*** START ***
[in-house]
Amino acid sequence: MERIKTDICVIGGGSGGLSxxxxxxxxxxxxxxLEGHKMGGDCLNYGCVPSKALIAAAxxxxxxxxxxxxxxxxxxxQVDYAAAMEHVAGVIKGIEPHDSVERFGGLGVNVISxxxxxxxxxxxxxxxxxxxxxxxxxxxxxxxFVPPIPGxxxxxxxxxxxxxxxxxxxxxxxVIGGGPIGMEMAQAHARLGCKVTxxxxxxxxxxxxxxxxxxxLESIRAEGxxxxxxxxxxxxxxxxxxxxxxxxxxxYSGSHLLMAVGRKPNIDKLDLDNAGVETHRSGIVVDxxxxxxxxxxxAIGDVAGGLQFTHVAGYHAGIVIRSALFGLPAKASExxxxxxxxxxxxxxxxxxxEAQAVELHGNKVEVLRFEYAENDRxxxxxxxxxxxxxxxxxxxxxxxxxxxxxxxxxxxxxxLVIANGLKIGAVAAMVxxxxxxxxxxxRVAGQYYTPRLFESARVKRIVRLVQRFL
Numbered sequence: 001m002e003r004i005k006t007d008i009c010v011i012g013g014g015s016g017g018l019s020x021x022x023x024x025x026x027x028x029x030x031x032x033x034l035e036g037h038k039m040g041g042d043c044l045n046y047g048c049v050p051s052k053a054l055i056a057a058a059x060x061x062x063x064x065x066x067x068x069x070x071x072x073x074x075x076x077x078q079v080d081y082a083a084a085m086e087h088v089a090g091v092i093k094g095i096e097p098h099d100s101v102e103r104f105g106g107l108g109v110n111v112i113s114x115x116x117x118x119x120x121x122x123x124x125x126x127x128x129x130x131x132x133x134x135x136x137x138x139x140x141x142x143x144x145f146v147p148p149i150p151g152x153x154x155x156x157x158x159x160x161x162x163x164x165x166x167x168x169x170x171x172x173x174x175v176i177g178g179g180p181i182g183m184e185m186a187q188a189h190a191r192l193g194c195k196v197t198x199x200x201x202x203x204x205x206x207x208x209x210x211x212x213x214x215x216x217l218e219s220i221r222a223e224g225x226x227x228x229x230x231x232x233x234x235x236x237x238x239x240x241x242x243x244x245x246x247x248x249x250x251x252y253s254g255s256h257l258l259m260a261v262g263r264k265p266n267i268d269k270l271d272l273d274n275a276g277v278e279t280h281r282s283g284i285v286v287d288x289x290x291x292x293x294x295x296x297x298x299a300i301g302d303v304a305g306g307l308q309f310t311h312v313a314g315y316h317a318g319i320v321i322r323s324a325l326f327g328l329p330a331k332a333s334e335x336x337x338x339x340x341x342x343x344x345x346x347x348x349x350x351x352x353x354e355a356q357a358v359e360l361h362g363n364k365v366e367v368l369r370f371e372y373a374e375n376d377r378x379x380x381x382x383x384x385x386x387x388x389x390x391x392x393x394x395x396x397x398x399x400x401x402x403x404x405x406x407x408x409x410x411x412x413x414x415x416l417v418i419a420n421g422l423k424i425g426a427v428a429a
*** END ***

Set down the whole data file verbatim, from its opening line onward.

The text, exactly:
[in-house]
Amino acid sequence: MERIKTDICVIGGGSGGLSxxxxxxxxxxxxxxLEGHKMGGDCLNYGCVPSKALIAAAxxxxxxxxxxxxxxxxxxxQVDYAAAMEHVAGVIKGIEPHDSVERFGGLGVNVISxxxxxxxxxxxxxxxxxxxxxxxxxxxxxxxFVPPIPGxxxxxxxxxxxxxxxxxxxxxxxVIGGGPIGMEMAQAHARLGCKVTxxxxxxxxxxxxxxxxxxxLESIRAEGxxxxxxxxxxxxxxxxxxxxxxxxxxxYSGSHLLMAVGRKPNIDKLDLDNAGVETHRSGIVVDxxxxxxxxxxxAIGDVAGGLQFTHVAGYHAGIVIRSALFGLPAKASExxxxxxxxxxxxxxxxxxxEAQAVELHGNKVEVLRFEYAENDRxxxxxxxxxxxxxxxxxxxxxxxxxxxxxxxxxxxxxxLVIANGLKIGAVAAMVxxxxxxxxxxxRVAGQYYTPRLFESARVKRIVRLVQRFL
Numbered sequence: 001m002e003r004i005k006t007d008i009c010v011i012g013g014g015s016g017g018l019s020x021x022x023x024x025x026x027x028x029x030x031x032x033x034l035e036g037h038k039m040g041g042d043c044l045n046y047g048c049v050p051s052k053a054l055i056a057a058a059x060x061x062x063x064x065x066x067x068x069x070x071x072x073x074x075x076x077x078q079v080d081y082a083a084a085m086e087h088v089a090g091v092i093k094g095i096e097p098h099d100s101v102e103r104f105g106g107l108g109v110n111v112i113s114x115x116x117x118x119x120x121x122x123x124x125x126x127x128x129x130x131x132x133x134x135x136x137x138x139x140x141x142x143x144x145f146v147p148p149i150p151g152x153x154x155x156x157x158x159x160x161x162x163x164x165x166x167x168x169x170x171x172x173x174x175v176i177g178g179g180p181i182g183m184e185m186a187q188a189h190a191r192l193g194c195k196v197t198x199x200x201x202x203x204x205x206x207x208x209x210x211x212x213x214x215x216x217l218e219s220i221r222a223e224g225x226x227x228x229x230x231x232x233x234x235x236x237x238x239x240x241x242x243x244x245x246x247x248x249x250x251x252y253s254g255s256h257l258l259m260a261v262g263r264k265p266n267i268d269k270l271d272l273d274n275a276g277v278e279t280h281r282s283g284i285v286v287d288x289x290x291x292x293x294x295x296x297x298x299a300i301g302d303v304a305g306g307l308q309f310t311h312v313a314g315y316h317a318g319i320v321i322r323s324a325l326f327g328l329p330a331k332a333s334e335x336x337x338x339x340x341x342x343x344x345x346x347x348x349x350x351x352x353x354e355a356q357a358v359e360l361h362g363n364k365v366e367v368l369r370f371e372y373a374e375n376d377r378x379x380x381x382x383x384x385x386x387x388x389x390x391x392x393x394x395x396x397x398x399x400x401x402x403x404x405x406x407x408x409x410x411x412x413x414x415x416l417v418i419a420n421g422l423k424i425g426a427v428a429a